Both the House and Senate have proposed legislation that could have profound implications on TCPA litigation. The companion legislation introduced by Democratic Congressman Frank Pallone, Jr. and Senator Ed Markey entitled “Stopping Bad Robocalls Act” seeks to, among other things:

  • Defines a “Robocall”: As a call or text using equipment that makes a series of calls to stored telephone numbers, including numbers stored on a list, or to telephone numbers produced using a random or sequential number generator, except for calls made using only equipment that the caller demonstrates requires substantial human intervention to dial or place a call after a human initiates the series of calls, or using an artificial or prerecorded voice.
  • Allows Revocation of Consent: At any time in any reasonable manner, regardless of the context in which it was provided.
  • Requires Creation of Reassigned Number Database: Instructs the FCC to establish a nationwide database of telephone numbers that have been reassigned in order to provide persons making calls with comprehensive and timely information to avoid making calls without prior express consent of the called party because of the reassignment of the number to a different party. It is the FCC’s obligation to ensure the information is up-to-date.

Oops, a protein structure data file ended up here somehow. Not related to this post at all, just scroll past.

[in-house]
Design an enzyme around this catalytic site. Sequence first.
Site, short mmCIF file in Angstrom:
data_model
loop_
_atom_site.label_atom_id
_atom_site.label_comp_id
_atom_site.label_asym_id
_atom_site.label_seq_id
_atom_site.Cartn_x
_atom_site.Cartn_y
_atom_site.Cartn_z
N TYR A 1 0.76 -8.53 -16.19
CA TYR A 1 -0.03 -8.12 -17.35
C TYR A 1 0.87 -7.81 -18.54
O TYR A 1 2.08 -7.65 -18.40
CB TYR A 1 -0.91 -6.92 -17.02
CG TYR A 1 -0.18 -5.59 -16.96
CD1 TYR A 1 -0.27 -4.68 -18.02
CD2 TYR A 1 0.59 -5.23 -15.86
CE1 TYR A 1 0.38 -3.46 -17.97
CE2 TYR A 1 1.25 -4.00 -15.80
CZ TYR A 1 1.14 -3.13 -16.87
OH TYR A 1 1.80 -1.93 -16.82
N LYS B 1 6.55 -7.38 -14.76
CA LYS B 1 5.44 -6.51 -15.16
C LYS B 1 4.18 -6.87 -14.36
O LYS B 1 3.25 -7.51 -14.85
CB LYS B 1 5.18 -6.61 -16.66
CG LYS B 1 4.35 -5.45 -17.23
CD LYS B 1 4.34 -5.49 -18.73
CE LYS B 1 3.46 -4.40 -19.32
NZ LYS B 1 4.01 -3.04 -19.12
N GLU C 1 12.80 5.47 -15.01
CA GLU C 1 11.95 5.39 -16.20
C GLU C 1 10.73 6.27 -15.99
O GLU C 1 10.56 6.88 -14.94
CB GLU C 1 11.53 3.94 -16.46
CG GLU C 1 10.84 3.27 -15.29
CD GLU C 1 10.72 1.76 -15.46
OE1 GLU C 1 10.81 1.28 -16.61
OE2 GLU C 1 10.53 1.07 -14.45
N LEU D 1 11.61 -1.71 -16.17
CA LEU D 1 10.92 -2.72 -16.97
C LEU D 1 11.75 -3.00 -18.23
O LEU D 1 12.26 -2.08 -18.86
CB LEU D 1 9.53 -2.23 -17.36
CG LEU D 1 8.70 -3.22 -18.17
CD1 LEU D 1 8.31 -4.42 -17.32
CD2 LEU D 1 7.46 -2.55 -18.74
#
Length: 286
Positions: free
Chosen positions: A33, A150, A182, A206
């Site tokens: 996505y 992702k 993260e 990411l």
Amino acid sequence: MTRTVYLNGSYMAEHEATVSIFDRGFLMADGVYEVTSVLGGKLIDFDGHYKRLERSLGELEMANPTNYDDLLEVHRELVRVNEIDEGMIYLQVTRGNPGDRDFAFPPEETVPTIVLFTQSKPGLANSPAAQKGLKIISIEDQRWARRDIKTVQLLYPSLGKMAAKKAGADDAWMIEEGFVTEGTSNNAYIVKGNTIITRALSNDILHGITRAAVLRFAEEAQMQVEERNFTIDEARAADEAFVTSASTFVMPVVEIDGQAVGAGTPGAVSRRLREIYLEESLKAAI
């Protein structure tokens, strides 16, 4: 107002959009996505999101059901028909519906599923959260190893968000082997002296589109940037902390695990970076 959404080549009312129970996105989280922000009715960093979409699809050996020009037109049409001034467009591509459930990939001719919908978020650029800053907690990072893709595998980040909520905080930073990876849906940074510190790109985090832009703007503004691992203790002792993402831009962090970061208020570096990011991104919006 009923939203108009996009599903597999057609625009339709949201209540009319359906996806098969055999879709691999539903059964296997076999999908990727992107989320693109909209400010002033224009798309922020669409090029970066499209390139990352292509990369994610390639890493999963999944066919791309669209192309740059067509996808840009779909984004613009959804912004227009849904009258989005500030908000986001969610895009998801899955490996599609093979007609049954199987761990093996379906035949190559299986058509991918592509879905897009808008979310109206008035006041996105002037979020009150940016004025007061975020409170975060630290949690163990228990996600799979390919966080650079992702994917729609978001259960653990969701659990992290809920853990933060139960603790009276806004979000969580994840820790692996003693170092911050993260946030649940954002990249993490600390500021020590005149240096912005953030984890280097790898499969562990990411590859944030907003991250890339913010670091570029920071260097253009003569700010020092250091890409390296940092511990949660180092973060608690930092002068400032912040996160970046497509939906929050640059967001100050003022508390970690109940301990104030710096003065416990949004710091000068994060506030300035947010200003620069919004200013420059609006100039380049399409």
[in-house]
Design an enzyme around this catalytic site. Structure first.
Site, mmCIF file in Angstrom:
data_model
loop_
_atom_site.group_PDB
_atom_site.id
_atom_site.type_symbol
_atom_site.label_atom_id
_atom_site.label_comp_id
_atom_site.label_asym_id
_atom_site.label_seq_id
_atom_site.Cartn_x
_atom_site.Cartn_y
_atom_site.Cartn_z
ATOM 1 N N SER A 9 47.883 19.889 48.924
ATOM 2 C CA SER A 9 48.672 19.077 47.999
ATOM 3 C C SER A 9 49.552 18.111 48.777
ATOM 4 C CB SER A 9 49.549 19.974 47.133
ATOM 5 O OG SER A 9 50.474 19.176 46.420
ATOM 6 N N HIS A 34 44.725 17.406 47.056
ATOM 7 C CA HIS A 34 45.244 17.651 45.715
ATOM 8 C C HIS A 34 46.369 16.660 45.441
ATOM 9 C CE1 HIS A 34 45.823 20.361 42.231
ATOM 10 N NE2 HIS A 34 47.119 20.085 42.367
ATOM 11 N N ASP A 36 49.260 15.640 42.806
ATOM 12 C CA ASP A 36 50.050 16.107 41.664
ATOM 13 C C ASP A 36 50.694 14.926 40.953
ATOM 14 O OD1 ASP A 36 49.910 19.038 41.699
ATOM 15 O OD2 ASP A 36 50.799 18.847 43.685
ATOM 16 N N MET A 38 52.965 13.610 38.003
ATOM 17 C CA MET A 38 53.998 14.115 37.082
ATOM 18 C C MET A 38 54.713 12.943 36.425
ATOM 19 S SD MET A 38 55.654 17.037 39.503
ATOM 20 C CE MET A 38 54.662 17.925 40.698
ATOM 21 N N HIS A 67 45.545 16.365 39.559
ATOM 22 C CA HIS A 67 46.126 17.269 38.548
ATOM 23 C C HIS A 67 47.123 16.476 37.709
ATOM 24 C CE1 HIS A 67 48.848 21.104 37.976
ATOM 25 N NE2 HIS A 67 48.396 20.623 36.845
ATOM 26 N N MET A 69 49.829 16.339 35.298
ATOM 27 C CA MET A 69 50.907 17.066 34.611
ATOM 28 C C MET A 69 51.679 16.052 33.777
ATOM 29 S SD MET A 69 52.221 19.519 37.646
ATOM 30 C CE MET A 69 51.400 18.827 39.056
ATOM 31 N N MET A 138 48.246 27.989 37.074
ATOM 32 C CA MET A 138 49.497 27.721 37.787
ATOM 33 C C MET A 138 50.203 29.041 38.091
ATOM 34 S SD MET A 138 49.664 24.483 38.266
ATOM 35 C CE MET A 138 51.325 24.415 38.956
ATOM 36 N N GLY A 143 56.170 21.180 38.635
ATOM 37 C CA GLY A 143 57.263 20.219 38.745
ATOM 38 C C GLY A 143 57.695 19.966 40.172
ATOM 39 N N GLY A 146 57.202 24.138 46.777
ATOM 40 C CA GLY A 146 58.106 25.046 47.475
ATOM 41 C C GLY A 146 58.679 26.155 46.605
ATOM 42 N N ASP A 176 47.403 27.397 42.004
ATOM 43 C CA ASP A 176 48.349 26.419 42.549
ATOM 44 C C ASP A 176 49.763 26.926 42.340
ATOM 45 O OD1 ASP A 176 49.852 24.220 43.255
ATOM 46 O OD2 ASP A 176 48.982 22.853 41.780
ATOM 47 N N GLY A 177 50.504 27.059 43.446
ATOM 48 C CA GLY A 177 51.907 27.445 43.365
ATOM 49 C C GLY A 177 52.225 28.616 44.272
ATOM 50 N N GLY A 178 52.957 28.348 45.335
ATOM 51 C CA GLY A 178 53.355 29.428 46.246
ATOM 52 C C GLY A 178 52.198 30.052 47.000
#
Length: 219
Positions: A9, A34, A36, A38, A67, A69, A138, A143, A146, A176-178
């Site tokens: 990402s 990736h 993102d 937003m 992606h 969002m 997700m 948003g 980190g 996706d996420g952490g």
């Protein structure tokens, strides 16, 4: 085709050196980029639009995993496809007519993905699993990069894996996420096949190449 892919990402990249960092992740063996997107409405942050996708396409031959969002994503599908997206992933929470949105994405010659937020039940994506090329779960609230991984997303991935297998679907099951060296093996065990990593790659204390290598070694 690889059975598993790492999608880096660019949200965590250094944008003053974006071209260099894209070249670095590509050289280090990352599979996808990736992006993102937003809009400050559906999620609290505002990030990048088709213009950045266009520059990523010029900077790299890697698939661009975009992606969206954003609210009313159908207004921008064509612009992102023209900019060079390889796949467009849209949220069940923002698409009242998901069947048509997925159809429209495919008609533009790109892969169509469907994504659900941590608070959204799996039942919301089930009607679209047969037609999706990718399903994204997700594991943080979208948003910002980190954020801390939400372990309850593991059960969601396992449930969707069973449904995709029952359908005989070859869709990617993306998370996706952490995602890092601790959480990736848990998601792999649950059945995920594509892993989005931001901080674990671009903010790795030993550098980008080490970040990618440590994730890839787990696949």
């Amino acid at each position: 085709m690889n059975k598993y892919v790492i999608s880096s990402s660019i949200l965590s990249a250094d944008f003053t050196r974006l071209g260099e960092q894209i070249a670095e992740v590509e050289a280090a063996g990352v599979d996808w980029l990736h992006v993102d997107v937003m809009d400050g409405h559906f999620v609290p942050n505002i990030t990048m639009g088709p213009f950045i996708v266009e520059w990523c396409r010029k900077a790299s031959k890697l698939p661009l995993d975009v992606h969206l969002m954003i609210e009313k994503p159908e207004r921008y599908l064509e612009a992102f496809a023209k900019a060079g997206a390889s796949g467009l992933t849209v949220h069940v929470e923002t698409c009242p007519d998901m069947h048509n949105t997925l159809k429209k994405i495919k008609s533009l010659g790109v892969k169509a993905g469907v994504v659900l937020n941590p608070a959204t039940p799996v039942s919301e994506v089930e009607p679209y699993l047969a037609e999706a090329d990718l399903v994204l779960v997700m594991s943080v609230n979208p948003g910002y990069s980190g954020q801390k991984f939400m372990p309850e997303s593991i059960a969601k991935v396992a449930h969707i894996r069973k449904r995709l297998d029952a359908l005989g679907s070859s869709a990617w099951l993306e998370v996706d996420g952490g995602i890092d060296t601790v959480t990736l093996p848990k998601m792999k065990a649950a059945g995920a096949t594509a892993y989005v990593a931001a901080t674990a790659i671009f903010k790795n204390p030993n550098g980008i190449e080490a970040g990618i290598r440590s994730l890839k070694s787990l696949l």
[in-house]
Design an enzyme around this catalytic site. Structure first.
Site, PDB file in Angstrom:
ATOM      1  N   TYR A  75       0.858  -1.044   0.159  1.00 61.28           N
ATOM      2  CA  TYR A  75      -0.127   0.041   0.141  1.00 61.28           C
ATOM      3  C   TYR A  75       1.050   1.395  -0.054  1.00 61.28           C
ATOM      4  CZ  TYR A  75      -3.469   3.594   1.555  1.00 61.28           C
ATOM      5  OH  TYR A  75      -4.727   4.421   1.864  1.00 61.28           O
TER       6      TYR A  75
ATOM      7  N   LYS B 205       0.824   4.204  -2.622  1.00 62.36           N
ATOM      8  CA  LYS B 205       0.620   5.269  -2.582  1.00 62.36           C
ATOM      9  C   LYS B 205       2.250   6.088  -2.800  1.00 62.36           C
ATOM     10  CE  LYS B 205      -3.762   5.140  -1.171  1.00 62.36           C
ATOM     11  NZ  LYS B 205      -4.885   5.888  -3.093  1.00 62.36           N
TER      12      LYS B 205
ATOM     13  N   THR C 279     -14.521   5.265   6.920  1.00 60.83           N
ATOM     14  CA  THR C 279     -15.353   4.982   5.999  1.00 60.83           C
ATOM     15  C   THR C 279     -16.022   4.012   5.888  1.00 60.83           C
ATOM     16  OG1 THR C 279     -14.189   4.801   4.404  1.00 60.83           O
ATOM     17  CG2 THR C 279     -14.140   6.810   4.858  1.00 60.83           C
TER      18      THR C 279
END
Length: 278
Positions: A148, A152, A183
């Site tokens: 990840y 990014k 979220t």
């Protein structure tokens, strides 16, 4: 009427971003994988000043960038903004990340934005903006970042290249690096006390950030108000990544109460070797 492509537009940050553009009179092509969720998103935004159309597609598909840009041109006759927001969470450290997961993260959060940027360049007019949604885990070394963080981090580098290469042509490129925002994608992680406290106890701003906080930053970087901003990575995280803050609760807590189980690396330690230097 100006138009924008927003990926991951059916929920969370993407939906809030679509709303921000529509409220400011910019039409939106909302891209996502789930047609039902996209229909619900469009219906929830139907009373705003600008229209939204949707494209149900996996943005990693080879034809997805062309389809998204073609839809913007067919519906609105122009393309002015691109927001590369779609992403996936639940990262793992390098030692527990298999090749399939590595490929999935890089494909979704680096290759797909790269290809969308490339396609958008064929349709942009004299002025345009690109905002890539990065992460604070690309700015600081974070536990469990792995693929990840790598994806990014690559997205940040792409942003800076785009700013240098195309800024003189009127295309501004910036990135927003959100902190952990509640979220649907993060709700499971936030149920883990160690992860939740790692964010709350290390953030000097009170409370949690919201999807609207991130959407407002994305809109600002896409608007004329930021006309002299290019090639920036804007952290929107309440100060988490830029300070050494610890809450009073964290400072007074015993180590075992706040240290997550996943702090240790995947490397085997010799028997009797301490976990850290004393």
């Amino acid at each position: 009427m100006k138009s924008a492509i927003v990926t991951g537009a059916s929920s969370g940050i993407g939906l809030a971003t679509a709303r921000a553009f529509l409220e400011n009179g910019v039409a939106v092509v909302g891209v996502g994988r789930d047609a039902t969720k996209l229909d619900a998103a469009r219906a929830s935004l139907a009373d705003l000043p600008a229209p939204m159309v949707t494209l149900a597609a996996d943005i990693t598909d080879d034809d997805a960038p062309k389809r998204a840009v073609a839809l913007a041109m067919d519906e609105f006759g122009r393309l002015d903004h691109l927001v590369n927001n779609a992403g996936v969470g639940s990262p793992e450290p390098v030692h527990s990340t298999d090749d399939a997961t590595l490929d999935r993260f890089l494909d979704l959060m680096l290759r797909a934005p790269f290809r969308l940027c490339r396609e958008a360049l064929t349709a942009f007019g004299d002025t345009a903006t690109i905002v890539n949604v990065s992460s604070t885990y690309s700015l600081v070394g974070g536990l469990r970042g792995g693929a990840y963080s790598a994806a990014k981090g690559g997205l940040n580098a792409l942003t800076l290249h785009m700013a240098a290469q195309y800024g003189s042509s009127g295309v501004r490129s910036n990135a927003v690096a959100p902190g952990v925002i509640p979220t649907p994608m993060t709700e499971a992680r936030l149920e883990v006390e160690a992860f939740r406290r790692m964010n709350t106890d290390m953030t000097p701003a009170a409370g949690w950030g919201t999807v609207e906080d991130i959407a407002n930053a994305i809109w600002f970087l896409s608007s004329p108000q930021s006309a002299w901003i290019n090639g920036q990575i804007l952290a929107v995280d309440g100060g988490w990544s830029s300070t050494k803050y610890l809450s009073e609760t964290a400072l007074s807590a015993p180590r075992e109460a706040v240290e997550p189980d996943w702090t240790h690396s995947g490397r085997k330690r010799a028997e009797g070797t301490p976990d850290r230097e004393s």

• Creating a Safe Harbor For Calls To Reassigned Numbers: In the case of calls made to a reassigned number from a subscriber who had given prior express consent to the caller, the caller shall not be in violation of the TCPA if: (1) The caller had prior express consent of the subscriber and the consent had not been revoked at the time of the call; (2) The caller queried the data-base before making the call, the query did not show the number was reassigned, and the caller made the call within a reasonable period of time (to be defined by the FCC); (3) The query did not show the number as being reassigned as a result of an inaccuracy of the FCC, a covered provider in reassigning the number or in making a report to the database; (4) The caller did not otherwise know or have reason to know that the number had been reassigned; (5) The call would comply with the TCPA but for lack of prior express consent; and (6) The caller took affirmative steps to correct its internal records with respect to the number and reported any inaccuracy the caller discovers with respect to the number in the database.

A copy of the House Bill can be accessed here and Senate Bill can be accessed here.